On-demand expectation from SA consumers challenges the property industry


Estate agents and rental property managers that don’t adopt technology in their businesses will be replaced,” says Adriaan Grove from Entregral Technologies. Speaking at the PayProp PropTech event in Cape Town last week, Grove said that in 2018, the property industry will have to adapt to cater for the new ‘on demand’ environment. “Consumers are accustomed to services-on-demand. Services like Netflix, Uber, Airbnb, Takealot and many others are offering instant gratification to South African consumers. The expectation is that all services should adapt, irrespective of the industry,” says Grove.

Grove says that Airbnb has had a profound impact on the property industry in South Africa, and in most cases, estate agencies are using the ability to Airbnb a property as a selling point on marketing materials. “The time is right for the industry to be disrupted locally – it’s happening fast internationally.”  He quotes online home selling platform OpenDoor – a platform that pioneered the new iBuyer model, as a good example of disruption in the United States. “OpenDoor is offering a platform that allows sellers to get an instant cash offer on their home, and choose their own closing date. It removes the uncertainty and stress around the price and selling time of your home.”

Grove lists 5 ways in which the industry is drastically changing:

  1. Listings

Historically, listings have been kept in physical property files – a completely isolated view of the property in question. The agent was the primary data-keeper, and accessing the information was slow and cumbersome. In this new on-demand environment, listings are virtual, belonging to anyone who chooses to access the information. The listings are far more comprehensive – drawing data from many touch-points. The new role of the agent is that of ‘verifier’, confirming facts and taking questions where necessary.

  1. Marketing

If you think about the marketing of properties, you think immediately of the Saturday paper, which lists everything available to rent or buy.  The consumer now demands that same information be available online. Where previously, a consumer might have looked to the Yellow Pages for estate agency details, that same consumer finds an estate agency via the search-engine optimisation (SEO) of that company’s website and listings. Social media reviews are rising in rank in popularity, and fast over-taking the traditional concept of word-of-mouth.

Louw Liebenberg, CEO of event hosts PayProp says that while many of the guidelines from Entegral might seem overwhelming, he urges professionals in the property environment to not be intimidated by the opportunities available to them in the technology space. “You don’t have to look into the development of a ‘bot’ for your website immediately, rather approach the ‘low hanging fruit’ first: look at how you could move your listings and marketing online – digital spend as opposed to traditional marketing.”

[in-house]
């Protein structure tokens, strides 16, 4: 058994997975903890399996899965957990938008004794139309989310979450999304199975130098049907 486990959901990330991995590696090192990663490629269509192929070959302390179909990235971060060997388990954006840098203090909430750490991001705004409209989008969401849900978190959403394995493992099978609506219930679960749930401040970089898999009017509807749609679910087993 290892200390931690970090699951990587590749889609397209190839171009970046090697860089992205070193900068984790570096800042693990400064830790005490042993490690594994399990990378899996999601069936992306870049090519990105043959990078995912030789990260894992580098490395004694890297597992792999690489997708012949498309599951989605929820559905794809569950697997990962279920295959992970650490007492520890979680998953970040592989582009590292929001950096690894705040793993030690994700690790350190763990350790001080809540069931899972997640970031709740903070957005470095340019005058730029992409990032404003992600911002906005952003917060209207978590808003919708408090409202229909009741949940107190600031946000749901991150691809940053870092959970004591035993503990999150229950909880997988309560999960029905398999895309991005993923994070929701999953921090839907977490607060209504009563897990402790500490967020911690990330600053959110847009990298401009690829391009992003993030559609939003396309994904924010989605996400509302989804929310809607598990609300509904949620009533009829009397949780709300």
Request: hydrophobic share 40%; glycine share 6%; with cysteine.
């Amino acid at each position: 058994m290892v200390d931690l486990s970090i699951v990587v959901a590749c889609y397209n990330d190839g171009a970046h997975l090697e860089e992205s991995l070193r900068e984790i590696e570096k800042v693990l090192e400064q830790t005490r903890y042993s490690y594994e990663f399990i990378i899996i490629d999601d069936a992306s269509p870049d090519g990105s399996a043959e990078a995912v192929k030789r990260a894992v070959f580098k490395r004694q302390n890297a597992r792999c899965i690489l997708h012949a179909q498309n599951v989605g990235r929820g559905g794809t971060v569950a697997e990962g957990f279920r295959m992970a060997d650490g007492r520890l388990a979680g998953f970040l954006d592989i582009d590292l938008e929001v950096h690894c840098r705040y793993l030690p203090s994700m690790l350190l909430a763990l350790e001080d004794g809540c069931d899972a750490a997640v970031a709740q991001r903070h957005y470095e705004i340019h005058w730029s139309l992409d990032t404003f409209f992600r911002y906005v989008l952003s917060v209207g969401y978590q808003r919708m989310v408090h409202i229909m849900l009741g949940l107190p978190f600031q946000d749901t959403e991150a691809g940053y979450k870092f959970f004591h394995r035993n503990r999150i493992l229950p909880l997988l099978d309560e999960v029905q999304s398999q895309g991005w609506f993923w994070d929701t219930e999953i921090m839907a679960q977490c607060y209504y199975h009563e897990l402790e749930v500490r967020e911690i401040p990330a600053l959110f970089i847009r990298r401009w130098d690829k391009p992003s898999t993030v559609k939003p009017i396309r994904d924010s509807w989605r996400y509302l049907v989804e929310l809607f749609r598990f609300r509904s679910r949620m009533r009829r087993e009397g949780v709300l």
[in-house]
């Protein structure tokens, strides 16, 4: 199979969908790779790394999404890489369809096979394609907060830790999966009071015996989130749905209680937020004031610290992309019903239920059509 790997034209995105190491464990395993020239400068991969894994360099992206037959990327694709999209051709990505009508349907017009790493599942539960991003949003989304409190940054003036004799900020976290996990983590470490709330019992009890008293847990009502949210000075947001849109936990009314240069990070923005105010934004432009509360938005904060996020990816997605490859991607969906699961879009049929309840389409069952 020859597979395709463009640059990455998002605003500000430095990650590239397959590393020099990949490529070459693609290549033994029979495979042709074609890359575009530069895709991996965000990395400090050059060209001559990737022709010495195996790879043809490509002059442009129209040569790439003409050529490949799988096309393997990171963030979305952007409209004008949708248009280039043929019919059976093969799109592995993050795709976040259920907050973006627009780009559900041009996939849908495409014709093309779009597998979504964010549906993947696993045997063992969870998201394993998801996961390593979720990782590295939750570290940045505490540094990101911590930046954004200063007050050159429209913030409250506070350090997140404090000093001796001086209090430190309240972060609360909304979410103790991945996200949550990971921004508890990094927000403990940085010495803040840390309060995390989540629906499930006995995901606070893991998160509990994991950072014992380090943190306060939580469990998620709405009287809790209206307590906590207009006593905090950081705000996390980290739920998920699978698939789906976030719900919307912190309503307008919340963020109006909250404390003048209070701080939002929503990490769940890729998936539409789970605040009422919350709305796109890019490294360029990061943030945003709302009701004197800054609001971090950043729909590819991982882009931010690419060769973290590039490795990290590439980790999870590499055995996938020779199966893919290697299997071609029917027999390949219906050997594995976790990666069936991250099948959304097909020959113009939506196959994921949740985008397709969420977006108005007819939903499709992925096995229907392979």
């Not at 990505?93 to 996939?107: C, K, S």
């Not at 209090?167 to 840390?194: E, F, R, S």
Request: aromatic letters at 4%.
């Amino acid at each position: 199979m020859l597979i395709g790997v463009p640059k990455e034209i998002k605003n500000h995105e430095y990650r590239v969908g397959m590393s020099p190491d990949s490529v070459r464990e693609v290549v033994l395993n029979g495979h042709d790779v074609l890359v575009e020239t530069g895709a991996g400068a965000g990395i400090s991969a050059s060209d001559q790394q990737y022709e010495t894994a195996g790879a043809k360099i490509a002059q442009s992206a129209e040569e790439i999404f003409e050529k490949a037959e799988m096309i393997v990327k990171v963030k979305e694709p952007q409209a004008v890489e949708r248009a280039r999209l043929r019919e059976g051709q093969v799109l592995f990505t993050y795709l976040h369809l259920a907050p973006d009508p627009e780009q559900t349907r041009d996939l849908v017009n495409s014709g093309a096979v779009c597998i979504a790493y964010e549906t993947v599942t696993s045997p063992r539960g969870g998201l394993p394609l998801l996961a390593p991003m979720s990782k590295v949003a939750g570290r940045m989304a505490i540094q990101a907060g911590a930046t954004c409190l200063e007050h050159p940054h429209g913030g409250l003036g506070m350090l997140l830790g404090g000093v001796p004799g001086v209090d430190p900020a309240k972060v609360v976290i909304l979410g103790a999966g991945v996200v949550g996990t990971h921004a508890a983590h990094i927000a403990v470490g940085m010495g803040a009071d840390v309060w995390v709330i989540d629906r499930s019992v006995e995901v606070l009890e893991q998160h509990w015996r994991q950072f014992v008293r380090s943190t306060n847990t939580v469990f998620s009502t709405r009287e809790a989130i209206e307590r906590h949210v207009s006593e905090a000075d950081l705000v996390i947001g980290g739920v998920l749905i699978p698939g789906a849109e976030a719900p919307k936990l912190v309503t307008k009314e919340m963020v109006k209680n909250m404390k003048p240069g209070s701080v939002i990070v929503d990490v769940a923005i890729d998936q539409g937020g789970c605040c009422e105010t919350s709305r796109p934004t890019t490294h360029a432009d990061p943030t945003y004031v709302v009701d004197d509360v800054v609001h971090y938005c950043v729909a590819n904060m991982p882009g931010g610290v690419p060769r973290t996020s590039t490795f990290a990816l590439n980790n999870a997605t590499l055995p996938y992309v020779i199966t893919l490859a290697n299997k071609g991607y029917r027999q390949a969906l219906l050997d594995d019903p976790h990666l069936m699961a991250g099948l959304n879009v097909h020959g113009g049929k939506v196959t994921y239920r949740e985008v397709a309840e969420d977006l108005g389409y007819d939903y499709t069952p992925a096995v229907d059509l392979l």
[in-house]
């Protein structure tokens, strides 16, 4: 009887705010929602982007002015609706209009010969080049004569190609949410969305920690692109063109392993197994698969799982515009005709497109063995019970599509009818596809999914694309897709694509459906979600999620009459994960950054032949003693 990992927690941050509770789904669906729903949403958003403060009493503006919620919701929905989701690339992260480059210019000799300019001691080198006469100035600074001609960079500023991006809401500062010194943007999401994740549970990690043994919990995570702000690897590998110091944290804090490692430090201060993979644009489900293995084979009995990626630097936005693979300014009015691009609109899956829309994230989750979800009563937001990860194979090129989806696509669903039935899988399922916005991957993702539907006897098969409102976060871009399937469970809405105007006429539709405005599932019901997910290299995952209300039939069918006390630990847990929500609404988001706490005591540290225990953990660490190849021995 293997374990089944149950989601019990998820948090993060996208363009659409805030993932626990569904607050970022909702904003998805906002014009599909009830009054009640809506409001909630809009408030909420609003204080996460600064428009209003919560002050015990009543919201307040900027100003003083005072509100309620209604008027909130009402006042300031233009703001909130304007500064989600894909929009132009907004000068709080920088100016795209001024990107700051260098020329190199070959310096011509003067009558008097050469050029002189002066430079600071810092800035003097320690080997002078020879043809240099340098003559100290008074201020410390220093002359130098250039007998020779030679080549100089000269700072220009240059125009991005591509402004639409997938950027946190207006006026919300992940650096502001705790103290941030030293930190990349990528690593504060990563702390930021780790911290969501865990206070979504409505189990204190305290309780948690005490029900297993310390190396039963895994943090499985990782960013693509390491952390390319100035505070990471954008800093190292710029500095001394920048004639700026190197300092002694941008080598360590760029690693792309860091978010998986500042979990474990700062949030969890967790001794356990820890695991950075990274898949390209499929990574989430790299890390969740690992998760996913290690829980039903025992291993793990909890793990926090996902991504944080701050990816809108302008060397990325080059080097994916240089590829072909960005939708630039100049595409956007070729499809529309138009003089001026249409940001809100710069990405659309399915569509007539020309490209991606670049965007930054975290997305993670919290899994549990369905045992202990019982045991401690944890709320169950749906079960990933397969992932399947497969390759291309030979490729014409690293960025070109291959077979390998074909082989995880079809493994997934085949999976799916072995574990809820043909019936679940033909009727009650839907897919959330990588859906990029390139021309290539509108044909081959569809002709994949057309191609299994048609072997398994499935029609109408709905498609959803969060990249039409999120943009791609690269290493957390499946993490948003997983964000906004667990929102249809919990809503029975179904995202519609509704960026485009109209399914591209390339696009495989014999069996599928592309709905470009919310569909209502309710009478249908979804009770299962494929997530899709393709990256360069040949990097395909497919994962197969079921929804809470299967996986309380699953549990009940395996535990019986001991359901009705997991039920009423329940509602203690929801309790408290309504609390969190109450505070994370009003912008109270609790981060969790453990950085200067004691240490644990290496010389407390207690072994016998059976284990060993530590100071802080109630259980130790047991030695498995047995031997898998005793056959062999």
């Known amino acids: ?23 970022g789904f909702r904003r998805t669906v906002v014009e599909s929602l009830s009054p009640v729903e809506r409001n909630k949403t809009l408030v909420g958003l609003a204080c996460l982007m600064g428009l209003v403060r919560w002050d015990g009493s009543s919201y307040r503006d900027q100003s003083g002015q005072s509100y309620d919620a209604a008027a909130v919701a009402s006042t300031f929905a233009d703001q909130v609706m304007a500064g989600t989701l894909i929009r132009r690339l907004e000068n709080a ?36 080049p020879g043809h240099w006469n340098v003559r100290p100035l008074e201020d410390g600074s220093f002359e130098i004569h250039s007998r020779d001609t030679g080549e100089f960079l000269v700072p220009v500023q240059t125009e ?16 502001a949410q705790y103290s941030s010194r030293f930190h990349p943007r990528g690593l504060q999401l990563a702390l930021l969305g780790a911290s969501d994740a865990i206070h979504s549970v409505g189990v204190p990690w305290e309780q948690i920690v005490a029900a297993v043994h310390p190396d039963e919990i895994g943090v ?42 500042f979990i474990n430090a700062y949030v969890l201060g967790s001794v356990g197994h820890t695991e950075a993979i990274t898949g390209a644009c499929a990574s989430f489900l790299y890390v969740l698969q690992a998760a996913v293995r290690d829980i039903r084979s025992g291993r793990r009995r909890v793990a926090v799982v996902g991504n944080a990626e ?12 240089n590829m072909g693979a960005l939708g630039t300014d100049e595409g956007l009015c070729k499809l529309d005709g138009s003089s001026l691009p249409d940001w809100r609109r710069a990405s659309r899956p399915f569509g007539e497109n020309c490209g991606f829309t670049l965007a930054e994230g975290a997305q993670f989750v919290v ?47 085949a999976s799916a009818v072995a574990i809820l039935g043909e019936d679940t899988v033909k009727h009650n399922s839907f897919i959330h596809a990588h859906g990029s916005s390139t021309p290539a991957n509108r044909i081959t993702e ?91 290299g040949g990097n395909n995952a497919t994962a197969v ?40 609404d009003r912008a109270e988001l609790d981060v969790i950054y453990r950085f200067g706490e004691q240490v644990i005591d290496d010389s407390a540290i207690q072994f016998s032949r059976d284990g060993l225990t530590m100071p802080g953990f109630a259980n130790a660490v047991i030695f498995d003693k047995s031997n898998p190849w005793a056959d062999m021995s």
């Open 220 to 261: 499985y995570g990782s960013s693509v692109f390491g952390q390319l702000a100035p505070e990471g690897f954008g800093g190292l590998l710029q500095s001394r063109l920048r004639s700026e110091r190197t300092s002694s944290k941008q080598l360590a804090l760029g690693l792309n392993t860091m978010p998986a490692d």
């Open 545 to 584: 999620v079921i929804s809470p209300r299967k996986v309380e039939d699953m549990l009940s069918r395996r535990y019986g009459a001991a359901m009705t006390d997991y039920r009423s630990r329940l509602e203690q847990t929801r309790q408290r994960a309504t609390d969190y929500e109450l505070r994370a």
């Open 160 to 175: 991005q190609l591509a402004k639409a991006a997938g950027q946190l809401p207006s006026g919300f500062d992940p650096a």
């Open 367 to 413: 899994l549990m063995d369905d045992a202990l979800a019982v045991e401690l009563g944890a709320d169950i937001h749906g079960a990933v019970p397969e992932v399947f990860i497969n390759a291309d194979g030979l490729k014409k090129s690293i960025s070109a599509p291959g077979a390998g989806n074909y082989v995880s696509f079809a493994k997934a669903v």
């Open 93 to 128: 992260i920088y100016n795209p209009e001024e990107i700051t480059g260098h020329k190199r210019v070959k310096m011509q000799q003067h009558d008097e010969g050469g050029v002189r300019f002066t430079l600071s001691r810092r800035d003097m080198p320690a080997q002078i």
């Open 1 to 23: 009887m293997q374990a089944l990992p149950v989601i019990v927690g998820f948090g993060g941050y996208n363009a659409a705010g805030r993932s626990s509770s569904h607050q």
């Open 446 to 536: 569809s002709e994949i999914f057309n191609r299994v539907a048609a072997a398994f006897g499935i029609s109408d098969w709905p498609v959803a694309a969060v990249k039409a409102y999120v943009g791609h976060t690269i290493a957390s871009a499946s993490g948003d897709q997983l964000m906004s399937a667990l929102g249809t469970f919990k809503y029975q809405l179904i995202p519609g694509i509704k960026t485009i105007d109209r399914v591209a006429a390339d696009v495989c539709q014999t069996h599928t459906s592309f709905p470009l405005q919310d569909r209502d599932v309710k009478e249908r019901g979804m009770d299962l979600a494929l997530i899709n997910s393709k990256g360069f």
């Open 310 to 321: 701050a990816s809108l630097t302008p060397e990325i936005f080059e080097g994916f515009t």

1. The changing face of clients

Where once, a prospective buyer or tenant was willing to wait a required amount of time for a response – the ‘always-on’ consumer won’t sit back and wait patiently. This consumer requires a response almost immediately, on whichever platform he or she has chosen to contact you on – be it social media, your website, or via email.  The consumer is far better informed than years gone by, and as such, the agent takes on the role of ‘validator’, as opposed to ‘valuator’.

  1. The nature of an estate agency

The traditional brick-and-mortar agency is being challenged by a new breed of virtual agencies operating online. These agencies use technology platforms to automate a lot of the admin processes to achieve higher productivity, resulting in the ability to offer lower or set fees. A good example would be Purple Bricks in the UK.

  1. The requirements from estate agents themselves

The barrier to entry for estate agents in South Africa will increase – agents will require a good understanding of digital marketing and the online environment to be able to navigate this fast-paced and different landscape.

“Previously portals that advertised properties on the market were used simply for lead generation i.e. assisting the agent to find possible tenants, which they would then transition to the offline world. In our new reality, these portals are far more integrated into the transaction, ultimately benefitting financially from the transaction,” says Grove.

In the US, portals like Redfin and Compass are pioneering the concept of technology-led real estate companies.  The sites are using automated price valuation models using big data, which fulfils the consumers need to have an immediate response at any time of the day.

Grove says that agents in South Africa have the opportunity now to revisit their business models and integrate technologies that will not only help their business evolve, but also satisfy their current consumer base and attract a more technology-savvy audience in the future.